Summer and community go hand in hand. Whether it’s neighborhood block parties, Fourth of July cookouts, feast day celebrations with other Catholic families, or coffee with friends, some of the most beautiful moments of our lives take place when we gather together. All too often, though, our insecurities and fears keep us from hosting, opting instead to wait for an invitation.
In Hebrews 13:2, St. Paul encourages us: “Do not neglect hospitality, for through it some have unknowingly entertained angels.”
Even if you’re pretty positive that your friends and neighbors aren’t literal angels, that doesn’t let us off the hook for the first part. Yes, there are a thousand reasons why we shouldn’t put ourselves out there and host. Maybe you’ve even convinced yourself of a few:
- my house is too small
- I’m not good enough at decorating/cooking/entertaining
- having people over is too expensive
- I’m not extroverted or fun enough
- I don’t have time.
I know I have said, and deeply believed, each of these lies from time to time.
How to Embrace Imperfect Hosting and Invite People IN
Small or insignificant as they may sound at first, these beliefs can hold us back from deep, rich, life-giving moments that Christ desires for us. He created us to be in community, and sometimes, that means being the first one to bravely open the door and say, “Come on in.”
Work with What You Have
Sometimes, there really are constraints that can keep us from hosting, especially space and money. A one-bedroom apartment might not be the most comfortable place to host ten friends, plus their husbands and kids. If your grocery budget is extra-tight, throwing a gourmet dinner party may not be prudent. But, with a little bit of creativity, there’s always a way to host lovingly.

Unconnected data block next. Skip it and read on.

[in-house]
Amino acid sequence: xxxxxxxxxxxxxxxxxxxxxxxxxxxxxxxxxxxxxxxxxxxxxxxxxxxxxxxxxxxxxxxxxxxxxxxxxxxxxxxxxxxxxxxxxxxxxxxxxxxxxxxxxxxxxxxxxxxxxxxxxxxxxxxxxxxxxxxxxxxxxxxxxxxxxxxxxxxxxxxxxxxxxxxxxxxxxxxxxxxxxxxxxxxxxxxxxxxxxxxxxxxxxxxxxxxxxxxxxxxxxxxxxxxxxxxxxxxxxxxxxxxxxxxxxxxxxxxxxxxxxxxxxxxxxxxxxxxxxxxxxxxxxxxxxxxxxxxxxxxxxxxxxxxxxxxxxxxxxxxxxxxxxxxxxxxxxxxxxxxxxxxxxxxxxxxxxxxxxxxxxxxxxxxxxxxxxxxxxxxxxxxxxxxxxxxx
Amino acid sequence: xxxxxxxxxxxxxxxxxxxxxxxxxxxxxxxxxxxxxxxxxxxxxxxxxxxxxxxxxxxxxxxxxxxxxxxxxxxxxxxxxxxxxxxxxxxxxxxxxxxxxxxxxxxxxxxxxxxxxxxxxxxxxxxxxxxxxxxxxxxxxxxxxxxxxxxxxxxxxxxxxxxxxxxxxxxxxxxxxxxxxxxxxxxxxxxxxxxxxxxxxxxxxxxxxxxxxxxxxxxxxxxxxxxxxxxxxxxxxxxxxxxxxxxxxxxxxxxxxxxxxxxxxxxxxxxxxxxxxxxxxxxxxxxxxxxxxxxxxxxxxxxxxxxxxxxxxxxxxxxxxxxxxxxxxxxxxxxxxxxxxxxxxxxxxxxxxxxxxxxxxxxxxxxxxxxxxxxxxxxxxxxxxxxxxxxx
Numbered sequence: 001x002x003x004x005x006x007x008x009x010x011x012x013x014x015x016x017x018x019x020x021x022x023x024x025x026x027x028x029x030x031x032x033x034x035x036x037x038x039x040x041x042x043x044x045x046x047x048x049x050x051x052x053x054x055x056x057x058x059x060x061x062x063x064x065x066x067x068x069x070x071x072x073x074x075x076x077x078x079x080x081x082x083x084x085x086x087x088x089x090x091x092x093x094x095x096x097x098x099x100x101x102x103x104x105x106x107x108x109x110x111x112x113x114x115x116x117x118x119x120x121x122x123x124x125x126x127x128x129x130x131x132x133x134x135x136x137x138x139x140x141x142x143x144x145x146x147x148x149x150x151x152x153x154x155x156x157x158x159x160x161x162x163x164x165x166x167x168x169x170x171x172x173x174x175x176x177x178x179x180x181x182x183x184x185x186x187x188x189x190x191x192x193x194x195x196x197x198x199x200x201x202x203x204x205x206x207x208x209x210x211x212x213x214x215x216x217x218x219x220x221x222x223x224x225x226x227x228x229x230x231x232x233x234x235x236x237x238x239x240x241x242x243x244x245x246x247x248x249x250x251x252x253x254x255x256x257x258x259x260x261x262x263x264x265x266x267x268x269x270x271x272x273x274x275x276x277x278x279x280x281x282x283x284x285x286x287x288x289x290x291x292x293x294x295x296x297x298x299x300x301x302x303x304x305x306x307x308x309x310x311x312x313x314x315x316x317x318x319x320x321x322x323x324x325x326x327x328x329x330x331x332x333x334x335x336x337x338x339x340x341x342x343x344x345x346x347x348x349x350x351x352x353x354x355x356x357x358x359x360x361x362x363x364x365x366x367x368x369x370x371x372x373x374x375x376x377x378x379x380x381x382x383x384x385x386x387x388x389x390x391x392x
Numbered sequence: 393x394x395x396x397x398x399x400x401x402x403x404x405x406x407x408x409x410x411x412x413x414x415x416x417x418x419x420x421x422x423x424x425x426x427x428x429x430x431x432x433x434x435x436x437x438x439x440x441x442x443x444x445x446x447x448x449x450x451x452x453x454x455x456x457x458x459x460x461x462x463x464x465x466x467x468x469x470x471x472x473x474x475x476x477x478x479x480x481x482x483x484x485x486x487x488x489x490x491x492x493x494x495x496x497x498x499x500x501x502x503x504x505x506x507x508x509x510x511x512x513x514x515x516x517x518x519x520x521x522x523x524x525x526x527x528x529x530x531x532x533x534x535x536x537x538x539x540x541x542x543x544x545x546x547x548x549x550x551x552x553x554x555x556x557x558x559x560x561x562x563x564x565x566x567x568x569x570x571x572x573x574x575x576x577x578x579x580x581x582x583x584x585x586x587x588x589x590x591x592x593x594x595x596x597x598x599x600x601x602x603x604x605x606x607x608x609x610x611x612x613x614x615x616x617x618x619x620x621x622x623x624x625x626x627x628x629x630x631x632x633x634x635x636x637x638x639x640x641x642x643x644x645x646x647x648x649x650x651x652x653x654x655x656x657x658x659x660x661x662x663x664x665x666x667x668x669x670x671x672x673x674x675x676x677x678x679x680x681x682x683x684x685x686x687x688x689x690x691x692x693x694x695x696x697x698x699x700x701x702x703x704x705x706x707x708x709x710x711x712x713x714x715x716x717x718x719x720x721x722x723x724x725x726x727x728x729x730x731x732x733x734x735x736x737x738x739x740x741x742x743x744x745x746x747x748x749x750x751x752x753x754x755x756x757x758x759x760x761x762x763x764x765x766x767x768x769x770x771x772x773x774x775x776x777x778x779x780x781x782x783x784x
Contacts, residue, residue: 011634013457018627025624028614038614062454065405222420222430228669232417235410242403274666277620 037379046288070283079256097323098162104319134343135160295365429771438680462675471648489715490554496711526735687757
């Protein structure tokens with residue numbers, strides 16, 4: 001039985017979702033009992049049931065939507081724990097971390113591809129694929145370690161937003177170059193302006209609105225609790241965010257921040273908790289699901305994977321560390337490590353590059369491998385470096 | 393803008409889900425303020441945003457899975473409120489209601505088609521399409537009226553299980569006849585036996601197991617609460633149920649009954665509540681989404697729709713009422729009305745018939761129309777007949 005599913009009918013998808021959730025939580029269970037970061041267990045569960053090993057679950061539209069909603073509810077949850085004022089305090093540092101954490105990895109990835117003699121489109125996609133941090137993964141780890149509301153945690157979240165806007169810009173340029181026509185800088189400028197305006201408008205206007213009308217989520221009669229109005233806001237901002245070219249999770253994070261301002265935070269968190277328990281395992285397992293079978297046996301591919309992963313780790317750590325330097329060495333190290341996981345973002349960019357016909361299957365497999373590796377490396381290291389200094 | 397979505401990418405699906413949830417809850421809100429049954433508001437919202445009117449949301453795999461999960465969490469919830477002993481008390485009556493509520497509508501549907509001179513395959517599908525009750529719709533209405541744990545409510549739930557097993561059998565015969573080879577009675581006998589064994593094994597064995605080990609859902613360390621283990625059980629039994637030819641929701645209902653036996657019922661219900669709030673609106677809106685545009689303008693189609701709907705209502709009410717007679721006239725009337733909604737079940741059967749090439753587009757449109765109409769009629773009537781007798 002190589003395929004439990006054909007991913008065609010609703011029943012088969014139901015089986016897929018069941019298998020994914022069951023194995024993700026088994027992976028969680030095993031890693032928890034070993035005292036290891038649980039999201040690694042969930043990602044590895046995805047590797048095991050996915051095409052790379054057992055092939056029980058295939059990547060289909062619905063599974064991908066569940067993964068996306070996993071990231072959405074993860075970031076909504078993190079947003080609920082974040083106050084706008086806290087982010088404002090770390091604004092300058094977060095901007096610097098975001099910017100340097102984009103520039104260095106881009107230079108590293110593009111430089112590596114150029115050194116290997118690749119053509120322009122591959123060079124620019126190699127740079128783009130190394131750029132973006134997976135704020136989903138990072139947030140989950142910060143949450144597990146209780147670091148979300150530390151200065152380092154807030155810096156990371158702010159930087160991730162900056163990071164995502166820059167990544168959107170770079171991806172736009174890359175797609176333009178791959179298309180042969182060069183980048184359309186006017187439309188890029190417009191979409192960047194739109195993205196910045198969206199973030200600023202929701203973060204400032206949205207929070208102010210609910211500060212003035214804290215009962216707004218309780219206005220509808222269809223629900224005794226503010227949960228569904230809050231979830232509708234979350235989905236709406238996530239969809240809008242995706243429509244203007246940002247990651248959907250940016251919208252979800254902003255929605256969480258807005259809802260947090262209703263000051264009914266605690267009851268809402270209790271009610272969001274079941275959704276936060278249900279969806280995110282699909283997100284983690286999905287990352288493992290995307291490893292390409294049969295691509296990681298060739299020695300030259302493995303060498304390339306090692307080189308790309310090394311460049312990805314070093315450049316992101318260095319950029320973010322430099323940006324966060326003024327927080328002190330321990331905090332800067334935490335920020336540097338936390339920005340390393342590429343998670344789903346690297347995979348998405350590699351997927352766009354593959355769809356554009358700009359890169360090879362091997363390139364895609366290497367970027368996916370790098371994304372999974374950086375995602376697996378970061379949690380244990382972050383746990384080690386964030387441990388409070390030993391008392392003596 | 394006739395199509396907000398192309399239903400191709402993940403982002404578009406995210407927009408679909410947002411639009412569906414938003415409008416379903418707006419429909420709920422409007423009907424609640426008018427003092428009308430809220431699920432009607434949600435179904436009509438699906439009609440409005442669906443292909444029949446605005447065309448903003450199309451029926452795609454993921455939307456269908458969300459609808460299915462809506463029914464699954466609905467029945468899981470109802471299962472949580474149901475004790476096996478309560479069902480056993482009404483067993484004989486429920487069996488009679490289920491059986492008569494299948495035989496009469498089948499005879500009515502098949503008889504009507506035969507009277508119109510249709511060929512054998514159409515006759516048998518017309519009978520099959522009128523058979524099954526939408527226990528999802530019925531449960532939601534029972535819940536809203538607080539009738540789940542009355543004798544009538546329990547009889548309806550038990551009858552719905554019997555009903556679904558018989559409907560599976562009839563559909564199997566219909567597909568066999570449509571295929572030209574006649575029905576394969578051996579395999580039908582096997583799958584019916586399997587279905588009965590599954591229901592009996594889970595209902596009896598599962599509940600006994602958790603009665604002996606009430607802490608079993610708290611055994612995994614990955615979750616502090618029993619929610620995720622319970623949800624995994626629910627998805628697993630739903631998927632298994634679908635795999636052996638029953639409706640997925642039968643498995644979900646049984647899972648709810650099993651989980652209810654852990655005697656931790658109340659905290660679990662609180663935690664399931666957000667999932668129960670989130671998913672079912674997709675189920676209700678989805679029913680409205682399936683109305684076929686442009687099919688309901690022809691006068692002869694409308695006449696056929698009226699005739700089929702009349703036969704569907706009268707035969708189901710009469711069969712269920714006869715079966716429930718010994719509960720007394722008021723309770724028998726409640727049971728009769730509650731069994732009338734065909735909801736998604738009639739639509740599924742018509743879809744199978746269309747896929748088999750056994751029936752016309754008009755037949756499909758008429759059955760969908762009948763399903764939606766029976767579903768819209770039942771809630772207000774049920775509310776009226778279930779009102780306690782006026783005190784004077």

Ask the Holy Spirit for inspiration and pray about how you can best use your gifts, space, resources, and budget to the best of their ability.
Your apartment itself may not be the right place for all of those friends to gather, but the pool and picnic tables at your building might make a fantastic setting for a memorable summer afternoon together.
If the budget is a hurdle, don’t be afraid to ask guests to contribute food. Most people are happy to know exactly what they can bring! Inviting each person to show off their absolute favorite dish at a potluck dinner not only guarantees some seriously delicious food, it also opens the opportunity to trade stories about those recipes and where they came from.
Sometimes, our gatherings won’t look the way we originally envision them. But once we’re in the moment, they’re so, so much better.
WEEKLY BLOG UPDATES (+ more!)
We'll send you the blog updates weekly in your inbox (with some special tips + tricks to living liturgically from our Blog Editor, Olivia Spears).
Lean on Your Village
The biggest party I’ve hosted to date (besides my wedding, if you count that) was my son’s Baptism party. My husband and I eagerly began planning a sit-down dinner for 20 people in celebration of this special day, well before our baby was out of my belly and in our arms.
Mamas, I think you know where I’m going with this.
A few days before the party, it hit me. I’m spending 75 percent of my waking hours nursing. My house is a disaster. And if I don’t make some adjustments to the party plans, there’s a very good chance I’m going to present my firstborn son to God with four days worth of dry shampoo in my hair.